Veteran readers of Sci-Fi-O-Rama will obviously be familiar with the work of Austrailian artist and model-maker Dan McPharlin. He contributed to several posts and of course, designed the Sci-Fi-O-Rama logo. I’ve featured his gorgeous paintings many times and also interviewed him back in 2010.
Sadly as you probably are aware, in 2015 Dan’s internet presence stopped, and thus, nothing new has since appeared. This is not necessarily ominous, I believe Dan may simply be living ‘off-the-grid’. Over the past few years, I’ve received several emails regarding contacting him for potential commisions, I’m afraid I know nothing more than mentioned, I’ve lost touch with him myself. Anyway, let us not be gloomy, I’m sure he’s fine and busy beavering away on some spellbinding-vista as you read this…
A recap then and study of his overflowing talent.
Above and Title Image: ‘Storie Incredibili / Contatto col Nemico’ Wired Magazine (Italy), July-August 2014 issue.
These serene post-apocalyptic Illustrations form the perfect introduction to the art of Dan McPharlin and demonstrate how he excels at his craft. A delicate blend of Science Fiction and Surrealism, perfectly composed with a precisely balanced colour palette washed over with soft mists of texture.
Welcome to Sci-Fi-O-Rama 2014.
Here we begin with a totally exclusive feature courtesy of both Grant Louden & Dan McPharlin.
So without ado lets hand over the controls to Dan…
Guest post by Dan McPharlin
And now for something a little bit different. Sci-Fi-O-Rama doesn’t normally feature 3D work, but Kieran has kindly handed me the keys and let me loose on his blog to write this guest post on a subject that is very dear to my heart; Sci-Fi model making.
Ever since I first saw that monolithic Star Destroyer swoop majestically into frame in the opening minutes of Star Wars it’s a subject I’ve been fascinated by. While CGI has, unfortunately, all but rendered the model-maker’s craft obsolete in the movies, there are still a handful of talented artists out there burning the torch for this fantastic art form…
Dovetailing neatly into our 300th post (thanks for all the orders so far!) we have another special feature; an exclusive in depth interview with Australian artist/designer and Sci-Fi-O-Rama logo creator Dan McPharlin. Before I start that I’ll quickly add some notes on the selected imagery…
Top: “Pretty Lights – Spilling Over Every Side” Cover art for 6 Track CD / Download. An excellent example of Dan’s powerful blending of Sci-Fi elements and the geometric surreal – as with all of his work much of the feel is down to the warm painterly textures. I’m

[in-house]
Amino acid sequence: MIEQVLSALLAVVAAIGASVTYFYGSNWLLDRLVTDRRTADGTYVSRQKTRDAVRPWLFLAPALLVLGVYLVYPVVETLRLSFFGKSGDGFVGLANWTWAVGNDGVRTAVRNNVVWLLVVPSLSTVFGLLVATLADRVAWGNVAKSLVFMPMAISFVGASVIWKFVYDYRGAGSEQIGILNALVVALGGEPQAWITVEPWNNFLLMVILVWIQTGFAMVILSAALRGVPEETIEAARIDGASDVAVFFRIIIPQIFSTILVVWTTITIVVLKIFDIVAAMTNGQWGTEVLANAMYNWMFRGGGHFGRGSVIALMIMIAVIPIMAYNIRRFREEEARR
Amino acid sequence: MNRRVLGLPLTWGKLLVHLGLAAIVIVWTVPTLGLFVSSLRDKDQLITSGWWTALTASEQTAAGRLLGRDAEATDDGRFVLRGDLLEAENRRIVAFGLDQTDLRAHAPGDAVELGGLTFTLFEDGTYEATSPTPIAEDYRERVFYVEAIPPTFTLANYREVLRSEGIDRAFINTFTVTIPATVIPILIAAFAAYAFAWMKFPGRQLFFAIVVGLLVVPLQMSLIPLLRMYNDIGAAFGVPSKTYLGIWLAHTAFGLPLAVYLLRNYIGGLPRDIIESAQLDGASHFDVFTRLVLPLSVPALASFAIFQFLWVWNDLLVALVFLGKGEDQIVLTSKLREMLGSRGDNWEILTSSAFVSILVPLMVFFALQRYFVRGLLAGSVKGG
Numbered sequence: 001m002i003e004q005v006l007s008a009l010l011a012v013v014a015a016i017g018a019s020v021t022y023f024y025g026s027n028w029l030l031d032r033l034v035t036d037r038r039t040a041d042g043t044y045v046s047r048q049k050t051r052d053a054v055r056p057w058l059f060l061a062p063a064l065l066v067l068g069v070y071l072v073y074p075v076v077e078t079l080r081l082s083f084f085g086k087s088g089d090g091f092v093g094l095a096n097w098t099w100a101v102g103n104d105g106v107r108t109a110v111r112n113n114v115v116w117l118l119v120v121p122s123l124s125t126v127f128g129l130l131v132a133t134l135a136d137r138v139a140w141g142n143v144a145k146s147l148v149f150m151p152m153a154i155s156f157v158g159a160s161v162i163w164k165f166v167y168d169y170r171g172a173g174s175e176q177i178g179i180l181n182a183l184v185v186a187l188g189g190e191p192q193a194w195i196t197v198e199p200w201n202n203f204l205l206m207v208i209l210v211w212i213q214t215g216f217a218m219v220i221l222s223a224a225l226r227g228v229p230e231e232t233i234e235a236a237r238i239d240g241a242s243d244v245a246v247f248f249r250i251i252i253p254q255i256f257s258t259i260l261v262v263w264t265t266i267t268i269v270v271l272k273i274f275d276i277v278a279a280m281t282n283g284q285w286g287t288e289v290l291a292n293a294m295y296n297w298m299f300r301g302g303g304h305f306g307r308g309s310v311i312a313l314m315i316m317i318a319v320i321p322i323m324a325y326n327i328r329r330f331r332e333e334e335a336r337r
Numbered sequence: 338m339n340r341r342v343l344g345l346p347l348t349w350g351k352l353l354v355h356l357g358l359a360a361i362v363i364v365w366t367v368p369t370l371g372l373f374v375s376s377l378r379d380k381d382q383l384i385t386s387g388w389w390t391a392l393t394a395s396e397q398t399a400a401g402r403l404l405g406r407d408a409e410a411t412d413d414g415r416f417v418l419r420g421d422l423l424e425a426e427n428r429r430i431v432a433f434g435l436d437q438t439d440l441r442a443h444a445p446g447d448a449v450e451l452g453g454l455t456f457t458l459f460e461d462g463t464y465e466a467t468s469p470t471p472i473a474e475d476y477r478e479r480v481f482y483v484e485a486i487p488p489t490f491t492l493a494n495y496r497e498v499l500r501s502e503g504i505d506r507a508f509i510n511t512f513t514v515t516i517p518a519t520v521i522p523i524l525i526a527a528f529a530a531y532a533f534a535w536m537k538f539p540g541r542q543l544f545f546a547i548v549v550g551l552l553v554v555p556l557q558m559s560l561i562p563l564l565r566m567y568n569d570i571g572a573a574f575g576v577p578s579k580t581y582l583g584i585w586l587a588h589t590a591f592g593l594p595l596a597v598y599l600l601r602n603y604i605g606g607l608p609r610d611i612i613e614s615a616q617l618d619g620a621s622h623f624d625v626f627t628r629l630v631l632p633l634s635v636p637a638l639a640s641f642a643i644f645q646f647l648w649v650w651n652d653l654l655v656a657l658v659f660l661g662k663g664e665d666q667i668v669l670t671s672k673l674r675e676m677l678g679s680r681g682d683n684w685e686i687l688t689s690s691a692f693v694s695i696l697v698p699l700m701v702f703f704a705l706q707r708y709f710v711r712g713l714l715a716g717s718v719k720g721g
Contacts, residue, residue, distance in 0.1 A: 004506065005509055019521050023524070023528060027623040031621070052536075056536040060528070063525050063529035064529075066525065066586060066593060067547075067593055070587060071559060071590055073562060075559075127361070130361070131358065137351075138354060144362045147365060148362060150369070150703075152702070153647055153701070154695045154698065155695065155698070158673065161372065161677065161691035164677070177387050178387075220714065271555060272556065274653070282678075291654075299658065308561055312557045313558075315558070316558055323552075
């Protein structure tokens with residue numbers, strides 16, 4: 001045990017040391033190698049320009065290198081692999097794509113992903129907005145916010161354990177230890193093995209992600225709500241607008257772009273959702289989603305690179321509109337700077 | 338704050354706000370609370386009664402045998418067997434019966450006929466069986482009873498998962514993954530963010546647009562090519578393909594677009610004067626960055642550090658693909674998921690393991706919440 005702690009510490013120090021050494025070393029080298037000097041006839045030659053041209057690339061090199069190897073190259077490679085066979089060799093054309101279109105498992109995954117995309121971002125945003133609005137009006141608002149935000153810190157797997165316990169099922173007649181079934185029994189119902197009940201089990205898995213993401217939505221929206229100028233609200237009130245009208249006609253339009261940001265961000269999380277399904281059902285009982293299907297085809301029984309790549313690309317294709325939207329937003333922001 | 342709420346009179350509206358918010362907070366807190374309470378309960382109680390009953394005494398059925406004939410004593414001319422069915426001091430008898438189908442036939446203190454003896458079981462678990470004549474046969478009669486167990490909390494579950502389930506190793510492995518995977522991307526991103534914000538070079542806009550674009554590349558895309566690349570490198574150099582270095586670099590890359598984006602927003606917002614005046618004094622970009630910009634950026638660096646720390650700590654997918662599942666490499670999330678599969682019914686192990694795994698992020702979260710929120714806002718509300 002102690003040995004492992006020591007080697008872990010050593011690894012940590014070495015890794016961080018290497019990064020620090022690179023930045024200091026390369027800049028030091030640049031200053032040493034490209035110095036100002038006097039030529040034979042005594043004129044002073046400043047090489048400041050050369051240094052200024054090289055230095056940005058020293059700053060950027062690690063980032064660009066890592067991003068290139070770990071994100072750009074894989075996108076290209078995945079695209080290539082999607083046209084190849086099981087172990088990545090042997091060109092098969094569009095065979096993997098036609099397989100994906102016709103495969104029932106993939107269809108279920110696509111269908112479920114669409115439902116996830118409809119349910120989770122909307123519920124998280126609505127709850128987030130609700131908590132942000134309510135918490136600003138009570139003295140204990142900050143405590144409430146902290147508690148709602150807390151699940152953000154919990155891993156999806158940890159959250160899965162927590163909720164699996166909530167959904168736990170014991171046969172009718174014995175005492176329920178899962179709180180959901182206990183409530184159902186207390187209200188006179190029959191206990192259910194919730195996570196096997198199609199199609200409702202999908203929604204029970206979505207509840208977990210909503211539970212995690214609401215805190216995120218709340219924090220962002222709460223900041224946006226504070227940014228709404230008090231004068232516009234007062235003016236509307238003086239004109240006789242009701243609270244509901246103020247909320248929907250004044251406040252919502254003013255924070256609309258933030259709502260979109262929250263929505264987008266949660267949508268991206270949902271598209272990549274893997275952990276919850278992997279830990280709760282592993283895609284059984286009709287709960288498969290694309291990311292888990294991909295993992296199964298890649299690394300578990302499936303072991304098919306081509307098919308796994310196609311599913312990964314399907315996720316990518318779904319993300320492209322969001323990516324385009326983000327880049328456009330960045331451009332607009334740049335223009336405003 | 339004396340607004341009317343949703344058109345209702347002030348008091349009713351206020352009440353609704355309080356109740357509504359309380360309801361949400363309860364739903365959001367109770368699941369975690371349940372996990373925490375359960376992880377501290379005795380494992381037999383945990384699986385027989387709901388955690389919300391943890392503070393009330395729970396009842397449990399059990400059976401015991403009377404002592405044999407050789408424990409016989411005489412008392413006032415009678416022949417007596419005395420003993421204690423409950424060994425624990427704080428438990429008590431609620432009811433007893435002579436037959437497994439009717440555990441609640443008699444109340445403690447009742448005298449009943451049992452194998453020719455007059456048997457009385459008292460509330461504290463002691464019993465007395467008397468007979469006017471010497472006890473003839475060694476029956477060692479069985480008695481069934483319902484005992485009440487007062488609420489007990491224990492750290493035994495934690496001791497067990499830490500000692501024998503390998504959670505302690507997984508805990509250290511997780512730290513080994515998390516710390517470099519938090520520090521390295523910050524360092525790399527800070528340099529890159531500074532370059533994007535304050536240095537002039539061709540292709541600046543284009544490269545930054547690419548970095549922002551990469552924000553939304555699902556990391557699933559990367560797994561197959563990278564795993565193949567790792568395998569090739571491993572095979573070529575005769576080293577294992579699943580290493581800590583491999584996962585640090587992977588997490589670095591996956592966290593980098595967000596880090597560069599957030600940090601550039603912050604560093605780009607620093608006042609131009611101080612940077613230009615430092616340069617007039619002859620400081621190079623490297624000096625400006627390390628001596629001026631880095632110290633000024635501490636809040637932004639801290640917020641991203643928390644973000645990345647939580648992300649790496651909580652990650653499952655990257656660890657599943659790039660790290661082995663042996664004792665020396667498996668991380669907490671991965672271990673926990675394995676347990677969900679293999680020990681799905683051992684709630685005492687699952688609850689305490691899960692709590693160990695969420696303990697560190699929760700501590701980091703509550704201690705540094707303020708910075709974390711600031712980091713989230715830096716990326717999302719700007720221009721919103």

A recent E.P Cover from Dan McPharlin the first in a planned series of three, lovely stuff as usual blurring the line between hard Sci-Fi and abstract geometric design/art, washed with a beautiful lime palette. The font used is the classic Serif Gothic looks great particularly in the heavier cuts.
Art via Dan’s regularly updated Flickr Stream http://www.flickr.com/photos/danmcp/
Ok so here we have something of a Sci-Fi-O-Rama Exclusive! A set of 3 gorgeous SF Illustrations commissioned for the May 2009 edition of Wired Italia. The accompanying future gazing article hypothesizes the year 2061, where Italians are living on the moon – hence the Earthrise in the middle image! Super cool stuff from Dan as always; from his trademark lush textures, right down to the subtle 70’s-esque borders…
Images Courtesy of Dan Mcpharlin http://www.flickr.com/photos/danmcp/
and Wired Italia http://www.wired.it/
** Addendum Sept 1st 2009:
Related content – Bruce Sterling (author of the Wired Article) http://blog.wired.com/sterling
More lush sleeve art from Dan McPharlin this a recent 12″ design for Prefuse 73 (AKA Guillermo Scott Herren) “The Forest of Oversensitivity EP” released via the UK’s premier electronic label Warp Records. Aside from the transfixing Illustration itself, much kudos for using the chunky black header and retro-themed SF logo – wicked, as usual.
Sourced from a Dan’s Flickr Photostream http://www.flickr.com/photos/danmcp/ loads more fantastic work, but also a perfect example of why these days (with a Flickr Pro account) bespoke portfolio sites aren’t entirely necessary!